Bright Lights, Big City
Valerie Edwards, 33, and her husband, Adrian, 30, weren't happy campers upon graduating from California State University, San Bernardino--she with a degree in social sciences and he with a degree in business. Like many new grads, the couple soon found themselves in jobs they both hated.
"We were working a lot of hours and not really going very far," recalls Valerie, who was a store manager at a major toy retailer at the time, while Adrian spent long days on the road in sales for an automotive solvent business. "We were hitting a dead end and weren't challenged in the way we thought we could be."
Searching for a change, the couple researched franchise opportunities at their local library. Since both enjoyed amateur photography, they narrowed their choice to video production companies and, in 1993, opened a Video Data Services franchise in San Bernardino. A year later, however, sales hadn't taken off as anticipated, so the Edwardses decided to roll the dice and move their franchise to Las Vegas.
The move to Vegas gave the couple the challenge they'd been seeking--and then some. "The first year, [we ate] a lot of macaroni and cheese," Valerie admits. It was tough being new in town, with no established customer base. "We had to make a lot of cold calls, talk to a lot of people and introduce ourselves," she remembers. "You really can't be shy."
Since then, the Edwardses have enjoyed a steady stream of videotaping jobs--ranging from weddings to legal proceedings--that brought 1998 sales to more than $100,000. The rewards are more than financial, notes Valerie: "I like being self-employed and the balance [it allows] between business and family. We have a 3-year-old son and a 13-year-old daughter. If there's something going on [with the business] and both Adrian and I don't have to be there, [one of us] can be with our children."
Video Data Services Inc. is seeking franchisees nationwide and in Canada. Start-up costs begin at $22,500; for information, call (800) 836-9461 or visit http://www.vdsvideo.com.
Lesley Degenhart, 31, finding the right recipe for success meant overcoming some setbacks along the way. When her marriage dissolved in 1996, Degenhart's husband bought out her share of the graphic design business the two had co-owned. Seeking to "regroup," she found an accounting job; that worked fine . . . for a few months. Soon, however, the former entrepreneur felt the urge to break out of the routine. "[The job] was very difficult because it was not my style--working 8 to 5, shutting it off when I got home, people telling me what was and was not my job."
When Degenhart's mother sent her father a cookie bouquet from Cookies by Design, a franchise company that sells custom cookies for special occasions, something sparked. Impressed by the product quality, Degenhart discovered there was a market for the product and decided to purchase a franchise.
Getting the start-up cash took persistence: Degenhart was turned down by the three banks she approached for a loan. But buoyed by encouragement from friends and family and a personal belief that "one bank's philosophy might not be another's," she kept trying, and the fourth bank she approached finally offered her the funding she required.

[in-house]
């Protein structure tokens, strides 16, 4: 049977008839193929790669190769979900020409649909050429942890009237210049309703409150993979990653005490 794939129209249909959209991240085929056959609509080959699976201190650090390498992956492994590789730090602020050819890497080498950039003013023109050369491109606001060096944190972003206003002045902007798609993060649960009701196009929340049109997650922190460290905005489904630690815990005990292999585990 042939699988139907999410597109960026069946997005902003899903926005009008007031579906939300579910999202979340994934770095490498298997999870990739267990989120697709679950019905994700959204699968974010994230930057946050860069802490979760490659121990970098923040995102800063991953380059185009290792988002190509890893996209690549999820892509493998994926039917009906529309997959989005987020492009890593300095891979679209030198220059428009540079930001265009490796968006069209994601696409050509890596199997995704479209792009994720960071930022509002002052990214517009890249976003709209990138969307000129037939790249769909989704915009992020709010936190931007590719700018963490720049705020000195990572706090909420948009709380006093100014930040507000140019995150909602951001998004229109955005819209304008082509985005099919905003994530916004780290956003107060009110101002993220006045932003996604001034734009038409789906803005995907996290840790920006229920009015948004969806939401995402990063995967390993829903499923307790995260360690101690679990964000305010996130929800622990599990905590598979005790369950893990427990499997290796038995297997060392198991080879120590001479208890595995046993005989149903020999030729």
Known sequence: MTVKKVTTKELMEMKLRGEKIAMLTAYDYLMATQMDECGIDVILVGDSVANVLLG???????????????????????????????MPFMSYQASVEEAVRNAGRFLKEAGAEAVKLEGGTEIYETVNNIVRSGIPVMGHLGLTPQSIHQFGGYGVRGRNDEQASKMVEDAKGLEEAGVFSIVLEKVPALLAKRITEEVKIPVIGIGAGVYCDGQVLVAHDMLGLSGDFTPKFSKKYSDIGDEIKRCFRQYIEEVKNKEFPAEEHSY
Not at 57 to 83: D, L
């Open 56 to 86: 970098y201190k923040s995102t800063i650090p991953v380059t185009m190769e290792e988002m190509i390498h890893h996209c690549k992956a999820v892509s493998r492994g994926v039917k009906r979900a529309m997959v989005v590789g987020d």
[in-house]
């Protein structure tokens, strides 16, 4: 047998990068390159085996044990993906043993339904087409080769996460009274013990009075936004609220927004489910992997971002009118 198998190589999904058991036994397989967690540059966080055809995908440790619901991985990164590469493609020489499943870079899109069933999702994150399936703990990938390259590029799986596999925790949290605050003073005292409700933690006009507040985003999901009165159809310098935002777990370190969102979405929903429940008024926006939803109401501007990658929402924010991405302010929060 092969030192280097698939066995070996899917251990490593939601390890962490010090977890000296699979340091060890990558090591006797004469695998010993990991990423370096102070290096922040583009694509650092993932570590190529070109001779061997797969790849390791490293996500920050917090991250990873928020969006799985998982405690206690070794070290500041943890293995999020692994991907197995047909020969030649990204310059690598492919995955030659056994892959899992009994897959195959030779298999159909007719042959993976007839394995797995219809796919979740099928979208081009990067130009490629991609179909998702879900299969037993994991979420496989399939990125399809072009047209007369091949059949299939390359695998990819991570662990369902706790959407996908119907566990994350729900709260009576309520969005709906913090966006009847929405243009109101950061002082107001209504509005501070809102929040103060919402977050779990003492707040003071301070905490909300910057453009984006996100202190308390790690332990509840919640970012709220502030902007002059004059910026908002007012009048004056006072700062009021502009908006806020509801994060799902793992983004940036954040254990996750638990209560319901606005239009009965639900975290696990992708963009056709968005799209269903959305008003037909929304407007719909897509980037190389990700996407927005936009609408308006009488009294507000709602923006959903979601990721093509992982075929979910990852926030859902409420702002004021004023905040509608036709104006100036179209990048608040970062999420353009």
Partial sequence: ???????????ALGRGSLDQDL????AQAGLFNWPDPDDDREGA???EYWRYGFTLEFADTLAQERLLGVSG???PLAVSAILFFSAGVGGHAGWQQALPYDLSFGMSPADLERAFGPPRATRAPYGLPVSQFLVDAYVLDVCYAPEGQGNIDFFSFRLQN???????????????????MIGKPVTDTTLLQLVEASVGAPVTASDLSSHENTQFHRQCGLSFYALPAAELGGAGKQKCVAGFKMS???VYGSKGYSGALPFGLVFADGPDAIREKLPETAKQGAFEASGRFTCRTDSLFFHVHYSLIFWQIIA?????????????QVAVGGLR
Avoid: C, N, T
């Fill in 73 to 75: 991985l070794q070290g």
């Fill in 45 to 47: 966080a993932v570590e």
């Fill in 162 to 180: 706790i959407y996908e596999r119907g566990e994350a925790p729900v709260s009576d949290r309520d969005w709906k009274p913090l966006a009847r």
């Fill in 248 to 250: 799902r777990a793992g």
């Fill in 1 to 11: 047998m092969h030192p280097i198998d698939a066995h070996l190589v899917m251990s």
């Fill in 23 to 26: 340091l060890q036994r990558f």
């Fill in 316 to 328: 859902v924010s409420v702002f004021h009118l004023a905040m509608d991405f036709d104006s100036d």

Degenhart's Indianapolis store, which opened last March, grossed approximately $260,000 in 1998 sales; a second Indianapolis location should be open by year-end.
Average start-up costs for a Cookies by Design franchise begin at $90,000; the company is accepting franchise applications nationwide. For information, contact (800) 945-2665 or visit http://www.cookiesbydesign.com.
By Brian Ng
And you thought your credit card bills were bad. Dave Duffin, 32, maxed out 10 credit cards to get the $70,000 needed to start his Salt Lake City-based company, Zuka Juice Inc. "I closed my eyes and took a leap," says Duffin of his risky start. But it's a risk that's squeezed out millions in sales.
Duffin and his brother Rob, 28, opened their first juice bar and smoothie shop in Provo, Utah, in 1995. Their first full year in business saw almost $1 million in sales. Now the brothers have more than 100 locations (75 of which are franchised) and 1998 systemwide sales that topped $30 million. (Needless to say, that initial credit card debt is long gone.)
Duffin got the idea for his business while living in Jamaica and enjoying the delicious island juices and smoothies. After coming back to the United States and working in sales and marketing for several years, he knew it was time to take a calculated risk and start his own island-inspired company--a juice bar retailer "committed to creating the finest juice experience throughout the world." With a tribal motif and a focus on premium ingredients and premium people, he was ready to go.
"My dream ever since I was a little kid was to conjure up the guts to take the risk and start my own company," says Duffin.
Zuka Juice is seeking franchisees nationwide; total start-up costs begin at $150,000. For more information, call (888) GET-ZUKA or visit http://www.zukajuice.com.
Tag You're It!
By Lori Francisco
Playground tag has come a long way. Today it's all about high-tech lasers, arenas and flashing vests. Ultrazone, a laser-game franchise based in Las Vegas, caters to individuals and groups in search of fun. Participants are taught the game, equipped and separated into teams that compete to guard areas in a multilevel arena typically 4,000 to 5,000 square feet large.
Company president Sam Eigen started Ultrazone six years ago after seeing the concept at a trade show; he began franchising in 1993. The company has 32 franchises and is seeking more nationwide. Start-up costs begin at $400,000. For information, call (800) 628-2829 or visit http://www.ultrazone.com.